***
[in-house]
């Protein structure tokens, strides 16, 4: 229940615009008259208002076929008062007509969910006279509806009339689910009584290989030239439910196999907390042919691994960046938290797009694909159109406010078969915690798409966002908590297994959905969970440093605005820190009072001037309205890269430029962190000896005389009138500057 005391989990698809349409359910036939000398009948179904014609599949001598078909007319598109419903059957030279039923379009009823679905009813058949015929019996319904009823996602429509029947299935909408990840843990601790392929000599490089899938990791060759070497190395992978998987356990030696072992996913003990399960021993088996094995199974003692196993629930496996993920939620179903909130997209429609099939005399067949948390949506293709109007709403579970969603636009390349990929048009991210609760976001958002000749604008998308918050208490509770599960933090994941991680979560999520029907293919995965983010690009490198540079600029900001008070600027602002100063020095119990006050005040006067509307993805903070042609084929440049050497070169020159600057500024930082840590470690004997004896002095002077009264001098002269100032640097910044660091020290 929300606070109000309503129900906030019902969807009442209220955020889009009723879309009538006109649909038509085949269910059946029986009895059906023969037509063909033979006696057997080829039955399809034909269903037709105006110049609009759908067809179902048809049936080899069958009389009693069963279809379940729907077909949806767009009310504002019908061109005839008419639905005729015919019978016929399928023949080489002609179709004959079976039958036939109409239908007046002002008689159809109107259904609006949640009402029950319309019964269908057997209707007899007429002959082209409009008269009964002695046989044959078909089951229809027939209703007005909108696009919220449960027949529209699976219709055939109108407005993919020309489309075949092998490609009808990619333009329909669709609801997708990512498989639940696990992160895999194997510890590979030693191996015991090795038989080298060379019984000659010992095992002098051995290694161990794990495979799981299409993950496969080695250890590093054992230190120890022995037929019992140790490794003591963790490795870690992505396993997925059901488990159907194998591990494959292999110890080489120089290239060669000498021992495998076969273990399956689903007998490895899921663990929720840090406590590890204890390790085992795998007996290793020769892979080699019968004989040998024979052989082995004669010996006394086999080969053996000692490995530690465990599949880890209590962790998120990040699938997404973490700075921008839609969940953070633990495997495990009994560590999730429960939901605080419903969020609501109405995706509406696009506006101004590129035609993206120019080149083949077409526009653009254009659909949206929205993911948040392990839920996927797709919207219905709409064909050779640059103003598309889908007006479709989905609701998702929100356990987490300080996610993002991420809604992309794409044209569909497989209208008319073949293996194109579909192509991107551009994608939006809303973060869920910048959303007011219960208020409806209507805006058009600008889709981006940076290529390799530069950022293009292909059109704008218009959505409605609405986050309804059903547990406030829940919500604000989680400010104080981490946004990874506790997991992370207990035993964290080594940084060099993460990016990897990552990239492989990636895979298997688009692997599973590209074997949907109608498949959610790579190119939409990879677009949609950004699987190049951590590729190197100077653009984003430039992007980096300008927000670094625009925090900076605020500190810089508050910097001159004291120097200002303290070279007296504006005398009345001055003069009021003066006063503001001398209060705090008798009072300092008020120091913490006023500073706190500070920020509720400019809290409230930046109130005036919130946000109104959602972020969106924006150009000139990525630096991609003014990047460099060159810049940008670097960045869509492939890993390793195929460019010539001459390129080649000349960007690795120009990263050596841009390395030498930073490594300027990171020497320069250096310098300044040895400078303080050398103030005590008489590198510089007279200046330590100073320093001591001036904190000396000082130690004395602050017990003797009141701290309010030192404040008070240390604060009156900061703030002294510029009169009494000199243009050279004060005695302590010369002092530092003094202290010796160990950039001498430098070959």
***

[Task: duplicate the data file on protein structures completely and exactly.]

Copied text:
[in-house]
């Protein structure tokens, strides 16, 4: 229940615009008259208002076929008062007509969910006279509806009339689910009584290989030239439910196999907390042919691994960046938290797009694909159109406010078969915690798409966002908590297994959905969970440093605005820190009072001037309205890269430029962190000896005389009138500057 005391989990698809349409359910036939000398009948179904014609599949001598078909007319598109419903059957030279039923379009009823679905009813058949015929019996319904009823996602429509029947299935909408990840843990601790392929000599490089899938990791060759070497190395992978998987356990030696072992996913003990399960021993088996094995199974003692196993629930496996993920939620179903909130997209429609099939005399067949948390949506293709109007709403579970969603636009390349990929048009991210609760976001958002000749604008998308918050208490509770599960933090994941991680979560999520029907293919995965983010690009490198540079600029900001008070600027602002100063020095119990006050005040006067509307993805903070042609084929440049050497070169020159600057500024930082840590470690004997004896002095002077009264001098002269100032640097910044660091020290 929300606070109000309503129900906030019902969807009442209220955020889009009723879309009538006109649909038509085949269910059946029986009895059906023969037509063909033979006696057997080829039955399809034909269903037709105006110049609009759908067809179902048809049936080899069958009389009693069963279809379940729907077909949806767009009310504002019908061109005839008419639905005729015919019978016929399928023949080489002609179709004959079976039958036939109409239908007046002002008689159809109107259904609006949640009402029950319309019964269908057997209707007899007429002959082209409009008269009964002695046989044959078909089951229809027939209703007005909108696009919220449960027949529209699976219709055939109108407005993919020309489309075949092998490609009808990619333009329909669709609801997708990512498989639940696990992160895999194997510890590979030693191996015991090795038989080298060379019984000659010992095992002098051995290694161990794990495979799981299409993950496969080695250890590093054992230190120890022995037929019992140790490794003591963790490795870690992505396993997925059901488990159907194998591990494959292999110890080489120089290239060669000498021992495998076969273990399956689903007998490895899921663990929720840090406590590890204890390790085992795998007996290793020769892979080699019968004989040998024979052989082995004669010996006394086999080969053996000692490995530690465990599949880890209590962790998120990040699938997404973490700075921008839609969940953070633990495997495990009994560590999730429960939901605080419903969020609501109405995706509406696009506006101004590129035609993206120019080149083949077409526009653009254009659909949206929205993911948040392990839920996927797709919207219905709409064909050779640059103003598309889908007006479709989905609701998702929100356990987490300080996610993002991420809604992309794409044209569909497989209208008319073949293996194109579909192509991107551009994608939006809303973060869920910048959303007011219960208020409806209507805006058009600008889709981006940076290529390799530069950022293009292909059109704008218009959505409605609405986050309804059903547990406030829940919500604000989680400010104080981490946004990874506790997991992370207990035993964290080594940084060099993460990016990897990552990239492989990636895979298997688009692997599973590209074997949907109608498949959610790579190119939409990879677009949609950004699987190049951590590729190197100077653009984003430039992007980096300008927000670094625009925090900076605020500190810089508050910097001159004291120097200002303290070279007296504006005398009345001055003069009021003066006063503001001398209060705090008798009072300092008020120091913490006023500073706190500070920020509720400019809290409230930046109130005036919130946000109104959602972020969106924006150009000139990525630096991609003014990047460099060159810049940008670097960045869509492939890993390793195929460019010539001459390129080649000349960007690795120009990263050596841009390395030498930073490594300027990171020497320069250096310098300044040895400078303080050398103030005590008489590198510089007279200046330590100073320093001591001036904190000396000082130690004395602050017990003797009141701290309010030192404040008070240390604060009156900061703030002294510029009169009494000199243009050279004060005695302590010369002092530092003094202290010796160990950039001498430098070959």